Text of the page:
Uber has quickly become a normal part of our lives. For many people, it would be strange to hail a yellow taxi cab to get around. However, that could become reality in California as the result of a recent court ruling.
Companies like Uber and Lyft were ordered to classify their drivers as employees. This causes a host of issues for the rideshare companies as they must scramble to comply with the order.
Unfortunately, it may cause a big disruption to the rideshare industry. On Wednesday, Uber CEO Dara Khosrowshahi told MSNBC, “If the court doesn’t reconsider, then in California, it’s hard to believe we’ll be able to switch our model to full-time employment quickly.”
In other words, Uber could be heading towards a temporary shutdown in its largest U.S. market.
To understand why Uber might need to halt its California operations, it’s important to take a step back and look at what has transpired in the past year. In January, legislation called AB5 officially went into effect.
While AB5 aims to help protect gig workers like Uber and Lyft drivers, many people have a problem with how the legislation is carried out. Prior to the law, rideshare drivers worked as independent contractors.
This means they don’t get benefits like health insurance or paid time off. However, it also gives them the ability to do things like set their own schedule and work a flexible number of hours.
For that reason, many rideshare drivers are actually against the AB5 law.
That wasn’t enough to stop labor unions and elected officials from pushing it through the system. In May, California Attorney General Xavier Becerra took things a step further by suing Uber and Lyft. The lawsuit argued that drivers were misclassified as independent contractors when they should have been employees under AB5.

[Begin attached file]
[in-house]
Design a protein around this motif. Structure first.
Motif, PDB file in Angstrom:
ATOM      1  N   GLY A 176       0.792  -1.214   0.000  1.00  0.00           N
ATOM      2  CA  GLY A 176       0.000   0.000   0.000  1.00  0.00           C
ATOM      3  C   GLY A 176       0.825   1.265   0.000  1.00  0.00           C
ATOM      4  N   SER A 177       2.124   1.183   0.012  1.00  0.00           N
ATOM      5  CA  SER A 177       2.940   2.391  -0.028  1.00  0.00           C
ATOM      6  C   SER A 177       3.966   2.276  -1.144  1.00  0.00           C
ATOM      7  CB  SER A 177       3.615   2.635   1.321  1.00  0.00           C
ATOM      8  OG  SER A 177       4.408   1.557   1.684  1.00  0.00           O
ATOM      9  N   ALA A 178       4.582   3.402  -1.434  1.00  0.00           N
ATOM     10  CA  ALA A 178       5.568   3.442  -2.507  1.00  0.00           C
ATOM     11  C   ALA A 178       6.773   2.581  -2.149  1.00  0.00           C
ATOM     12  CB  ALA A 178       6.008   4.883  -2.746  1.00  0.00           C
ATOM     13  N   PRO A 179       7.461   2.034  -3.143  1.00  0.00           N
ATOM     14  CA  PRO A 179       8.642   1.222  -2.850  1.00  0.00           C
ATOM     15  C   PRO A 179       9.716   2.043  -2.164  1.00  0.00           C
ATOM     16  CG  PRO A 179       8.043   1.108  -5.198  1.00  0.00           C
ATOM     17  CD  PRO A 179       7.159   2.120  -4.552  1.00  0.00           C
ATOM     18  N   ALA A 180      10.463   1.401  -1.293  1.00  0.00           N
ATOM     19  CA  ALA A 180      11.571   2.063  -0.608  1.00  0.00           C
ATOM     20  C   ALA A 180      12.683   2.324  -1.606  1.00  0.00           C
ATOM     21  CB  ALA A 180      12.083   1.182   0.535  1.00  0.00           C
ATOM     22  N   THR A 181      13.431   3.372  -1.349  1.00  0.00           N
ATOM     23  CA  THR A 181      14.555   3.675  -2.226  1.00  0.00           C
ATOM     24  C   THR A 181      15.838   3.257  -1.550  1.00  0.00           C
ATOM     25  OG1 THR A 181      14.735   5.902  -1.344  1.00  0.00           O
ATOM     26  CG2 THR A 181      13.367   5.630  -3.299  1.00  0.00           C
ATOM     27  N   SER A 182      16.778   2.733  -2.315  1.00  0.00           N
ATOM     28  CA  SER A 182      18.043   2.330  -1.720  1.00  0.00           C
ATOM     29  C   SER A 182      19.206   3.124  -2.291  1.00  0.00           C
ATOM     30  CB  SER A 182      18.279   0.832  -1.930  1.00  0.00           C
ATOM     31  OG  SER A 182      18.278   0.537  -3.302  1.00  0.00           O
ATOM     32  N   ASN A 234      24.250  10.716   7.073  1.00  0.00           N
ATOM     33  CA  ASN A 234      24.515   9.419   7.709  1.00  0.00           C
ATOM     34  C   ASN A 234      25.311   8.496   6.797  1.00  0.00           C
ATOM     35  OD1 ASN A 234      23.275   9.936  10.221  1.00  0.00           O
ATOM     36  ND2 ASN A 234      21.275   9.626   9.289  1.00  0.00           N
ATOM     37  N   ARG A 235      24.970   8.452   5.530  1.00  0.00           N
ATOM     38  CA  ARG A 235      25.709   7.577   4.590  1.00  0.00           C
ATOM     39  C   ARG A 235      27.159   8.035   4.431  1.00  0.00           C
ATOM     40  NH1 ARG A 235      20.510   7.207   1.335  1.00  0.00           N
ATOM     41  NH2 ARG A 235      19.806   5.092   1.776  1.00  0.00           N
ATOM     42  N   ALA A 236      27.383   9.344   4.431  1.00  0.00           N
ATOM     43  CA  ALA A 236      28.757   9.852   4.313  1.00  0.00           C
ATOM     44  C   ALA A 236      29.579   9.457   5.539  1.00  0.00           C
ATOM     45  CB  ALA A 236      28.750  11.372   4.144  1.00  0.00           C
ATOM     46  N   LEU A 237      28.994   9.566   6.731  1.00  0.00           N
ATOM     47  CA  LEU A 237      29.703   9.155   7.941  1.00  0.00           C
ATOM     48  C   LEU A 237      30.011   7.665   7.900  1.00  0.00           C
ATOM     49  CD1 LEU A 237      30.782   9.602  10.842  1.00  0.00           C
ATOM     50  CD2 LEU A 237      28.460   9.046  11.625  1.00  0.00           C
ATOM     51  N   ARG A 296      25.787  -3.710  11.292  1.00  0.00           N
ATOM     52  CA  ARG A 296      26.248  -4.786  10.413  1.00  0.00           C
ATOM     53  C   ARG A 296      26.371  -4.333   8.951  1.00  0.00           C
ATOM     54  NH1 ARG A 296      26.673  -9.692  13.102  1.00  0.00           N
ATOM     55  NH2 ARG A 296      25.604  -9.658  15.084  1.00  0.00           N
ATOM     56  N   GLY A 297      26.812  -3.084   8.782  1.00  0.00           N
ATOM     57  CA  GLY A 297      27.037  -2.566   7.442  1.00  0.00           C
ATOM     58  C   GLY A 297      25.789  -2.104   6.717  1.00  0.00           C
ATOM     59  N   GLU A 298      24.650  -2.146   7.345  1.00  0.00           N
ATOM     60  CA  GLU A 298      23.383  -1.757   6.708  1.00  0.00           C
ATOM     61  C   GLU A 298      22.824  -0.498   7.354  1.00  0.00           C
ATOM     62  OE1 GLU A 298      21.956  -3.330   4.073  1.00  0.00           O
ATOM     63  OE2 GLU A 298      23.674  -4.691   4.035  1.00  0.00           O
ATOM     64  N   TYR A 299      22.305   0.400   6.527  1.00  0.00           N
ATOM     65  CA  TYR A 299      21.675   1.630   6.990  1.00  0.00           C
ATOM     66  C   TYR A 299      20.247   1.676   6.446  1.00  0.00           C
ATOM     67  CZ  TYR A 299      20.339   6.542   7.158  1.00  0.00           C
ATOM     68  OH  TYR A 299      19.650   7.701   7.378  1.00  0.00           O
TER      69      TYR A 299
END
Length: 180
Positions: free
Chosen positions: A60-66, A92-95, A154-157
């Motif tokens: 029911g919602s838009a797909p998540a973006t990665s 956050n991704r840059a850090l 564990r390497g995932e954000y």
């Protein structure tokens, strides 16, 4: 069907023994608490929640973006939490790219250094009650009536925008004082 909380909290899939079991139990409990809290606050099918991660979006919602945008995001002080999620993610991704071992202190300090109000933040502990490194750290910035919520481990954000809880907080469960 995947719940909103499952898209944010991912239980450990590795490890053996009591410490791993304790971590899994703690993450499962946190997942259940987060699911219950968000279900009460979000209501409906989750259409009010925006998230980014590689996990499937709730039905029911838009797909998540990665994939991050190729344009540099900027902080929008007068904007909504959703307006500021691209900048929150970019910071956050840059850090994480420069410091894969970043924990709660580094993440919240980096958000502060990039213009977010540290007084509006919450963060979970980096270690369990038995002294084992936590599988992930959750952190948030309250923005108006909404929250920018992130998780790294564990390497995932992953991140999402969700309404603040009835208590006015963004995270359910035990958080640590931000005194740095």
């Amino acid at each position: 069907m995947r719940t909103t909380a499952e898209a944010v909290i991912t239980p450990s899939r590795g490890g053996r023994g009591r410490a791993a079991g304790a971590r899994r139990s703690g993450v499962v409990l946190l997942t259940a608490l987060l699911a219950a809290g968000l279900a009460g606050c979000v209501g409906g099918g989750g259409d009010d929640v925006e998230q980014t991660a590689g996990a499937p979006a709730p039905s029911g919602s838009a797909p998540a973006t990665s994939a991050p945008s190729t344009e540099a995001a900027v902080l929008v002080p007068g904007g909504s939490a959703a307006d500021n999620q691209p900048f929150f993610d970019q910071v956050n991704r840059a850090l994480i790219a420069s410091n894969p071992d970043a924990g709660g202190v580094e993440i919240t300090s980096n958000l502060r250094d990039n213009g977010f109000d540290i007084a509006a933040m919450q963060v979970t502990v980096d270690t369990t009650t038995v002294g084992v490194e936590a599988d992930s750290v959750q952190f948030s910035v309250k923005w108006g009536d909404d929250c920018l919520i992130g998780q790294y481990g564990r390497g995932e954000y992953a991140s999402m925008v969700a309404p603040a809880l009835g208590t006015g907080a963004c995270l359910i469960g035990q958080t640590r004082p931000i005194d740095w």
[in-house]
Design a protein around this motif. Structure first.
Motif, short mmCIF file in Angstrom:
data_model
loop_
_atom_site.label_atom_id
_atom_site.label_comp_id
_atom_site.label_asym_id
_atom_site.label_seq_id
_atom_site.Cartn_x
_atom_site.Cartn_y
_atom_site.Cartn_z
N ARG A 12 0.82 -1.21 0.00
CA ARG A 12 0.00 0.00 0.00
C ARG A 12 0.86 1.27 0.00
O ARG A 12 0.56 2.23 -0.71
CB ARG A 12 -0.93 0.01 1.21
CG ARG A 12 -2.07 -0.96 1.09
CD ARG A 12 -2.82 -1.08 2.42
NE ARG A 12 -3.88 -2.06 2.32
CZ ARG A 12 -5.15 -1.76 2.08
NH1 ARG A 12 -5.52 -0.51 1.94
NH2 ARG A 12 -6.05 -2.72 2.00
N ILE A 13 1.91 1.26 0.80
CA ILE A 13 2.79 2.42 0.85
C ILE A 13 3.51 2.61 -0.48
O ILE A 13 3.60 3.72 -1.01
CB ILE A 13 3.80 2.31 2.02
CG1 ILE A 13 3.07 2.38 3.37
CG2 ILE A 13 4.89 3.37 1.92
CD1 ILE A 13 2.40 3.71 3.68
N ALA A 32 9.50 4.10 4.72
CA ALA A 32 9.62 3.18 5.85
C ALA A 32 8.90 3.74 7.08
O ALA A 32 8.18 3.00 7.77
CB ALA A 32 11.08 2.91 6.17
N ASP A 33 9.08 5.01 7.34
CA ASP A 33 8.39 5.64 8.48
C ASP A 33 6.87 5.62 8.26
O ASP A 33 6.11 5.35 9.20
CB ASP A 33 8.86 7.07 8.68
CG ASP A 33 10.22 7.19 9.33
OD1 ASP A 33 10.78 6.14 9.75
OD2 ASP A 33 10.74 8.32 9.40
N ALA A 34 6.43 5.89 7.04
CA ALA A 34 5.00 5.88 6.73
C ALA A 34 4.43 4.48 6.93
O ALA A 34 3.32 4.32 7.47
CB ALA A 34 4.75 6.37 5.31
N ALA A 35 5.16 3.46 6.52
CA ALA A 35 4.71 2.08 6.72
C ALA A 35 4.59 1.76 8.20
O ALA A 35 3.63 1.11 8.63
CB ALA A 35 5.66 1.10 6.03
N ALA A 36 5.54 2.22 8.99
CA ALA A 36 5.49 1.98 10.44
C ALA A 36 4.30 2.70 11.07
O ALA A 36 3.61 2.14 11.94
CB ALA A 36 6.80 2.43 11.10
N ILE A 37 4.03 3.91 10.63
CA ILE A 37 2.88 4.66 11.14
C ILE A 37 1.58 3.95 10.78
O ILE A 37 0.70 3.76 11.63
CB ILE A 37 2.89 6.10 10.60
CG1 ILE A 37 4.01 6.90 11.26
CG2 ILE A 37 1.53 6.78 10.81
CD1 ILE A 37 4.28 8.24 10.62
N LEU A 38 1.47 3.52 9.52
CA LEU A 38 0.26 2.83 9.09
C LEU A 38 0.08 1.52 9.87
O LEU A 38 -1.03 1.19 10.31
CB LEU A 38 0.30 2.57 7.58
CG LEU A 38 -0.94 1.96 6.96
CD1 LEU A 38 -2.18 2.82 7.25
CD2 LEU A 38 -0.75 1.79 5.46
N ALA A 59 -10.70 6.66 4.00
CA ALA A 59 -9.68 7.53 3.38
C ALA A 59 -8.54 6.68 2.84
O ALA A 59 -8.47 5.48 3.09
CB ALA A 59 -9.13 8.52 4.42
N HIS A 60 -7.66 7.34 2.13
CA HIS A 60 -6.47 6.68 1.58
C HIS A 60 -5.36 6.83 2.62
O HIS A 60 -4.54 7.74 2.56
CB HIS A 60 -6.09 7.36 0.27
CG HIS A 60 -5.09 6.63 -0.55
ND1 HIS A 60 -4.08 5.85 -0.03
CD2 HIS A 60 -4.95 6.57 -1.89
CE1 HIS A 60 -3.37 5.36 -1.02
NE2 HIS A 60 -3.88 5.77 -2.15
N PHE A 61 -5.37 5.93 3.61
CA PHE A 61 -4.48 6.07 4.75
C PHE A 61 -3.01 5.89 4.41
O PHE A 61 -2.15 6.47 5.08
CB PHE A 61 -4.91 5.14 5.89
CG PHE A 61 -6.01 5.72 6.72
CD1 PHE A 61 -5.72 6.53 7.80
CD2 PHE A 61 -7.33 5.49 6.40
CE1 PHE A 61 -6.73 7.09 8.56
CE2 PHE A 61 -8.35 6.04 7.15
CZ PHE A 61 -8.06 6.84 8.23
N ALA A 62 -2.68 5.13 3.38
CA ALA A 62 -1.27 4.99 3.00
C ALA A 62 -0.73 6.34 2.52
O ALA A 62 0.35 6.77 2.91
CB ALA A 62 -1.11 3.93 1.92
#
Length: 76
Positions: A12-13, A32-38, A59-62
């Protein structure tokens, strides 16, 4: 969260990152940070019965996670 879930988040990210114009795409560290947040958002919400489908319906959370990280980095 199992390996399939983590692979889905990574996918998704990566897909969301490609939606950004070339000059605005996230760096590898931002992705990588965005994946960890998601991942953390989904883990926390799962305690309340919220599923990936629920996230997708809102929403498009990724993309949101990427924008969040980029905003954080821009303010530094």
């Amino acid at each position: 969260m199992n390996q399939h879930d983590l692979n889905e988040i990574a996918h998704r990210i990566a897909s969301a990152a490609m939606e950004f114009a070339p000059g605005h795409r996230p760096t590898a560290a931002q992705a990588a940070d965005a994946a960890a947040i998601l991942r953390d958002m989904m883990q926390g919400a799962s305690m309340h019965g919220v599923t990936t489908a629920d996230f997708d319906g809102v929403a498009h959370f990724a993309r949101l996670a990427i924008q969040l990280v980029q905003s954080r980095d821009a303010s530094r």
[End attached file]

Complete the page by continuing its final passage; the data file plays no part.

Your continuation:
In response to that lawsuit, a California superior court judge ruled on Monday that Uber and Lyft must classify their drivers as employees.
That brings us to Wednesday.
Khosrowshahi’s statements are certainly uncomfortable. He said during the MSNBC interview, “We think we comply by the laws, but if the judge and the court find that we’re not, and if they don’t give us a stay to get to November, then we’ll essentially have to shut down Uber until November when the voters decide.”
Fortunately, Uber isn’t going anywhere permanently. A temporary shutdown would help get the rideshare company to a crucial vote on California’s election day in November. Then, California residents will be able to vote on Proposition 22.
The ballot measure would override AB5 if it succeeds, allowing Uber drivers and other gig economy workers — like DoorDash drivers — to stay classified as independent contractors. It will be very interesting to see if the state’s residents do indeed favor that classification. If so, the complications currently being caused by AB5 would become something of an afterthought.
In the meantime, Uber and Lyft have 10 days until Monday’s ruling becomes enforceable. The rideshare giants will use that time to make an appeal. If a judge does not grant the companies a respite until the November vote, California residents will be looking for a new way to get around. Of course, many will also be looking for a new job.